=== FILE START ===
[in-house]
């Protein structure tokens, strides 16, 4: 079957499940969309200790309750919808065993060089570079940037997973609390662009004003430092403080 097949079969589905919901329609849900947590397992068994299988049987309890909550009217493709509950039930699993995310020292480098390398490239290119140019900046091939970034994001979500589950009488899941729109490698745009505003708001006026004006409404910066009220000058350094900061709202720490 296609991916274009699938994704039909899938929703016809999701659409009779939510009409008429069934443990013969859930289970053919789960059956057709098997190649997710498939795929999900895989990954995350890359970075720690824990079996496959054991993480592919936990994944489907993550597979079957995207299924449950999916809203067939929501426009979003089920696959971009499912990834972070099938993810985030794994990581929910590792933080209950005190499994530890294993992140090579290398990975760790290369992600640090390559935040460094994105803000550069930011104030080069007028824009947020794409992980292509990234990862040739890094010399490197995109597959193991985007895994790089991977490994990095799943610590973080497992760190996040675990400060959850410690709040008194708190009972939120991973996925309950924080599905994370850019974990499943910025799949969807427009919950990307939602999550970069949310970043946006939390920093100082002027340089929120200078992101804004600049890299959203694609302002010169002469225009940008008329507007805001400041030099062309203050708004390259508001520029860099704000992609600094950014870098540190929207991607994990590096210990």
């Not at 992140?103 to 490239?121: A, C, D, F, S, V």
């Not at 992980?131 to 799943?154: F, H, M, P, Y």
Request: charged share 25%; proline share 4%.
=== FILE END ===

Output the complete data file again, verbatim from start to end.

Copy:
[in-house]
């Protein structure tokens, strides 16, 4: 079957499940969309200790309750919808065993060089570079940037997973609390662009004003430092403080 097949079969589905919901329609849900947590397992068994299988049987309890909550009217493709509950039930699993995310020292480098390398490239290119140019900046091939970034994001979500589950009488899941729109490698745009505003708001006026004006409404910066009220000058350094900061709202720490 296609991916274009699938994704039909899938929703016809999701659409009779939510009409008429069934443990013969859930289970053919789960059956057709098997190649997710498939795929999900895989990954995350890359970075720690824990079996496959054991993480592919936990994944489907993550597979079957995207299924449950999916809203067939929501426009979003089920696959971009499912990834972070099938993810985030794994990581929910590792933080209950005190499994530890294993992140090579290398990975760790290369992600640090390559935040460094994105803000550069930011104030080069007028824009947020794409992980292509990234990862040739890094010399490197995109597959193991985007895994790089991977490994990095799943610590973080497992760190996040675990400060959850410690709040008194708190009972939120991973996925309950924080599905994370850019974990499943910025799949969807427009919950990307939602999550970069949310970043946006939390920093100082002027340089929120200078992101804004600049890299959203694609302002010169002469225009940008008329507007805001400041030099062309203050708004390259508001520029860099704000992609600094950014870098540190929207991607994990590096210990």
């Not at 992140?103 to 490239?121: A, C, D, F, S, V």
């Not at 992980?131 to 799943?154: F, H, M, P, Y």
Request: charged share 25%; proline share 4%.